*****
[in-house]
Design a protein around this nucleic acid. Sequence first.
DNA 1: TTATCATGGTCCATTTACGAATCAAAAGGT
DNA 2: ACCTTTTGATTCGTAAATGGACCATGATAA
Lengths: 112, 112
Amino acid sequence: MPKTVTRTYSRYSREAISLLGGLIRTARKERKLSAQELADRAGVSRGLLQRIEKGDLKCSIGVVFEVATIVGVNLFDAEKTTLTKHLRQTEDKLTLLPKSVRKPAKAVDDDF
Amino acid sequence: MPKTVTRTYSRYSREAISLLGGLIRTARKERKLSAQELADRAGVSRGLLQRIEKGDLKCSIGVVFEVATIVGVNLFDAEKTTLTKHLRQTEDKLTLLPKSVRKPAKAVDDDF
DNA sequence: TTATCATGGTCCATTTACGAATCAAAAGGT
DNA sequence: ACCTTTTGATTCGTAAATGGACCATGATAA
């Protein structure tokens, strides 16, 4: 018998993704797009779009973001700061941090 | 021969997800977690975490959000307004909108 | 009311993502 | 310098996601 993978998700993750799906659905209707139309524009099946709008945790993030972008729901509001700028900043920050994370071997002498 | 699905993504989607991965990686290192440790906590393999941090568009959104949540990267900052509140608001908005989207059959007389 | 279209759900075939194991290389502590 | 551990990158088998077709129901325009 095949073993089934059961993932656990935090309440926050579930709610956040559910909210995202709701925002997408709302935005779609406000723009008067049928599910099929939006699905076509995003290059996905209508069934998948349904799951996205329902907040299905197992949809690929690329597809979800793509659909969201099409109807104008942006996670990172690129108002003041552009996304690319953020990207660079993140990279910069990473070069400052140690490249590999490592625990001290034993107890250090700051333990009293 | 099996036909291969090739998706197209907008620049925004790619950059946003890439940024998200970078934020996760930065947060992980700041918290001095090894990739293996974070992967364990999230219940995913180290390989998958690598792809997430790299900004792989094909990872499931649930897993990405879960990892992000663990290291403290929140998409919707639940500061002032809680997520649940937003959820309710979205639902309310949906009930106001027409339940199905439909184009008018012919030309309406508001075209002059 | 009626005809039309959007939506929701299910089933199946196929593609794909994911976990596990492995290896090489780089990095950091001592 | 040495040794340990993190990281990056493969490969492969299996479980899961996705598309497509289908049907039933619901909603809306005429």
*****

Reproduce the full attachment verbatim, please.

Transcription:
[in-house]
Design a protein around this nucleic acid. Sequence first.
DNA 1: TTATCATGGTCCATTTACGAATCAAAAGGT
DNA 2: ACCTTTTGATTCGTAAATGGACCATGATAA
Lengths: 112, 112
Amino acid sequence: MPKTVTRTYSRYSREAISLLGGLIRTARKERKLSAQELADRAGVSRGLLQRIEKGDLKCSIGVVFEVATIVGVNLFDAEKTTLTKHLRQTEDKLTLLPKSVRKPAKAVDDDF
Amino acid sequence: MPKTVTRTYSRYSREAISLLGGLIRTARKERKLSAQELADRAGVSRGLLQRIEKGDLKCSIGVVFEVATIVGVNLFDAEKTTLTKHLRQTEDKLTLLPKSVRKPAKAVDDDF
DNA sequence: TTATCATGGTCCATTTACGAATCAAAAGGT
DNA sequence: ACCTTTTGATTCGTAAATGGACCATGATAA
């Protein structure tokens, strides 16, 4: 018998993704797009779009973001700061941090 | 021969997800977690975490959000307004909108 | 009311993502 | 310098996601 993978998700993750799906659905209707139309524009099946709008945790993030972008729901509001700028900043920050994370071997002498 | 699905993504989607991965990686290192440790906590393999941090568009959104949540990267900052509140608001908005989207059959007389 | 279209759900075939194991290389502590 | 551990990158088998077709129901325009 095949073993089934059961993932656990935090309440926050579930709610956040559910909210995202709701925002997408709302935005779609406000723009008067049928599910099929939006699905076509995003290059996905209508069934998948349904799951996205329902907040299905197992949809690929690329597809979800793509659909969201099409109807104008942006996670990172690129108002003041552009996304690319953020990207660079993140990279910069990473070069400052140690490249590999490592625990001290034993107890250090700051333990009293 | 099996036909291969090739998706197209907008620049925004790619950059946003890439940024998200970078934020996760930065947060992980700041918290001095090894990739293996974070992967364990999230219940995913180290390989998958690598792809997430790299900004792989094909990872499931649930897993990405879960990892992000663990290291403290929140998409919707639940500061002032809680997520649940937003959820309710979205639902309310949906009930106001027409339940199905439909184009008018012919030309309406508001075209002059 | 009626005809039309959007939506929701299910089933199946196929593609794909994911976990596990492995290896090489780089990095950091001592 | 040495040794340990993190990281990056493969490969492969299996479980899961996705598309497509289908049907039933619901909603809306005429």